I would say, in a sense, all those are rising. And certainly, we're seeing growth in the white spirit categories, and Vodka included in that. But it's not quite at the rate of the market, but it's continuing to show growth. But really, the standout has been brand spirits, and that's really been the power force behind the growth in the markets. So I'd say it's a reflection more of branded spirits' strength than any fundamental weakness in the Vodka or the other white spirit categories.

Operator

Your next question comes from the line of Vivien Azer from Citi.

Vivien Azer - Citigroup Inc, Research Division

So clearly, brand spirits continue to do very well, and I expect that's emboldened you to take some more pricing. Can you talk a little bit more in detail about the pricing that you referenced, Matt, please?

Matthew John Shattock

Certainly, we can, Vivien. As we've said, we've been very encouraged by what the trends we've seen in our performance in the business overall, and particularly in Bourbon. And so as we've gone through this year -- obviously, I refer to the fact we have the carryover of the pricing that we led in 2012. And through good management of mix, we've taken pricing effectively this year on Maker's Mark. So as we got to the end of the year, across our portfolio, we'll be implementing, towards the back end of the quarter, low single-digit pricing increases to varying degrees across our Bourbon portfolio here in North America. So in the context of some challenges in other areas, where I think there is some more price competition we're seeing in white spirits like Vodka and Tequila, that will give us a good platform as we go into next year.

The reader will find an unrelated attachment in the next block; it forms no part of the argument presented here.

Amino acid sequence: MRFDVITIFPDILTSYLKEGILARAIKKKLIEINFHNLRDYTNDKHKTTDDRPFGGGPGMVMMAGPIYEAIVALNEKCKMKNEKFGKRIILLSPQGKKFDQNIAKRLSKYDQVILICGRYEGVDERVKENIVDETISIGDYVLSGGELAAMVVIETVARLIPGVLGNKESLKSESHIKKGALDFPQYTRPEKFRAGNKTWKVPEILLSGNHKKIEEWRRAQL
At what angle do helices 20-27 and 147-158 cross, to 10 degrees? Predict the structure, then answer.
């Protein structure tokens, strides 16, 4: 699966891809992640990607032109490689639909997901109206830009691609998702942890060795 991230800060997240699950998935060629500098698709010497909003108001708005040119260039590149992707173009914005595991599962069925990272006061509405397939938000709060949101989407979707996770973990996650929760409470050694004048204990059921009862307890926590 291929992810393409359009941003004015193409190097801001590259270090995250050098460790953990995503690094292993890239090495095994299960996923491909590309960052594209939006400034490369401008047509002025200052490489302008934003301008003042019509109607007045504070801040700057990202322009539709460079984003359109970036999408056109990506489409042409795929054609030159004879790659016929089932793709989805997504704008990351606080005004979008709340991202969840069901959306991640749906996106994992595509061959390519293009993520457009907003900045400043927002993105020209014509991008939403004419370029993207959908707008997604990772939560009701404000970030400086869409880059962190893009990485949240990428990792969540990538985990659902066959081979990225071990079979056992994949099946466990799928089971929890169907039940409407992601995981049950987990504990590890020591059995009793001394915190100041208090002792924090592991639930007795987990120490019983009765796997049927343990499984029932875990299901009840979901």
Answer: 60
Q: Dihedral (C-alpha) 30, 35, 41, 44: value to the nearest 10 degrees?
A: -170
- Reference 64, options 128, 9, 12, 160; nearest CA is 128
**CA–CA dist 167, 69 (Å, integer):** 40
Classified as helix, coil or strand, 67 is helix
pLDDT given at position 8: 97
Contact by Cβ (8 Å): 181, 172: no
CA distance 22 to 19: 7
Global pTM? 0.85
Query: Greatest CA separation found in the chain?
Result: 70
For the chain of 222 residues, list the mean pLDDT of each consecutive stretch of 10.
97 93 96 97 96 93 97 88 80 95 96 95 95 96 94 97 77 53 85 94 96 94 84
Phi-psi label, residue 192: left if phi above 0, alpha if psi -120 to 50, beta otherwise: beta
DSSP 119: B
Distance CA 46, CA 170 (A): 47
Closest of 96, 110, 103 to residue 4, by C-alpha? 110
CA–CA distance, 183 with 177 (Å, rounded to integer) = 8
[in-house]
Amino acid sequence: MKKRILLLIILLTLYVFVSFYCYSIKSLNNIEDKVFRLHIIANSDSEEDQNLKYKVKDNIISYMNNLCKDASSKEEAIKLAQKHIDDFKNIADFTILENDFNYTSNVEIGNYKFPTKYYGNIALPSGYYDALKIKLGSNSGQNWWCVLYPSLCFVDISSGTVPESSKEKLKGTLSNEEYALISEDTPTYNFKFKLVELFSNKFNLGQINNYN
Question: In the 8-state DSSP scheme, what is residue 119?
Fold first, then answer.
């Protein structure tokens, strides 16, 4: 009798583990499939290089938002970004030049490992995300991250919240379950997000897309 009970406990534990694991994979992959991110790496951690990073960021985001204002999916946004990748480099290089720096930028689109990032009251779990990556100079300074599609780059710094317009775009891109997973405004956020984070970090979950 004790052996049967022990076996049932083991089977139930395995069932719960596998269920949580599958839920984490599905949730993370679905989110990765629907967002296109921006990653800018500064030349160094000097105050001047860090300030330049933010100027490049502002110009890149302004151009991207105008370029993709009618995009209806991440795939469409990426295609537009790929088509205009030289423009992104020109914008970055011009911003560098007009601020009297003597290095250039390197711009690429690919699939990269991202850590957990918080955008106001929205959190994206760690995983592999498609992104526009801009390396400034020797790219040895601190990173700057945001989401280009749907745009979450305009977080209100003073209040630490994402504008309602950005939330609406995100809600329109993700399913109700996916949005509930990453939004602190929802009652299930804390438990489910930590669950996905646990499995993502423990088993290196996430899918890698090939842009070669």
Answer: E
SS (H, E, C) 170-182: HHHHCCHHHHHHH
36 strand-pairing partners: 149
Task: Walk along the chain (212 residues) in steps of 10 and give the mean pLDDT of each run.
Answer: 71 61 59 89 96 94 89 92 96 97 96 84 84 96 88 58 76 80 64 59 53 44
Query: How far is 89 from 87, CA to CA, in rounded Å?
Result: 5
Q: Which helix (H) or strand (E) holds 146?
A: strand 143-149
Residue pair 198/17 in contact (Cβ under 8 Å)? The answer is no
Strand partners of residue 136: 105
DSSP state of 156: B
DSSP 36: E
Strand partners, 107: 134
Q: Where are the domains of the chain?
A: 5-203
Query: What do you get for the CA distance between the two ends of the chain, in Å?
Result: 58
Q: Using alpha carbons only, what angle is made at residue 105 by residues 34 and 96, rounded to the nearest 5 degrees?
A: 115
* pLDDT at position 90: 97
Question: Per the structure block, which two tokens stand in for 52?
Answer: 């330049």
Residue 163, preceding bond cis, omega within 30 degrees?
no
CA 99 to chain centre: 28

Vivien Azer - Citigroup Inc, Research Division

Sorry, and just to follow-up on that. Is that incremental to the pricing that you talked about last quarter at the low to mid singles?

Matthew John Shattock

Yes. Well, this is pricing that we'll effectively be putting in towards next year. So the pricing would be [indiscernible], so this is the new pricing at the end of the year, yes.

Vivien Azer - Citigroup Inc, Research Division

Perfect. And then in terms of your CapEx, I think your guidance came down just a tiny little bit. And I'm wondering, does that reflect kind of good positioning in terms of having built out some capacity and that you guys are feeling a little bit more comfortable that now you just need to lay down the inventory and wait?

Robert F. Probst

Yes, Vivien, we've been investing heavily, as you know, over the last several years, particularly behind Bourbon capacity. That continues. So the declines you're seeing really are outside of the Bourbon investment. So things like IT, for example, where we've been investing as part of becoming a public company over the last several years. That rate is starting to come down in some other areas as well. So we continue to invest and are excited about the Bourbon opportunity. That's a multi-year program. So it's really the other areas that sees the decline.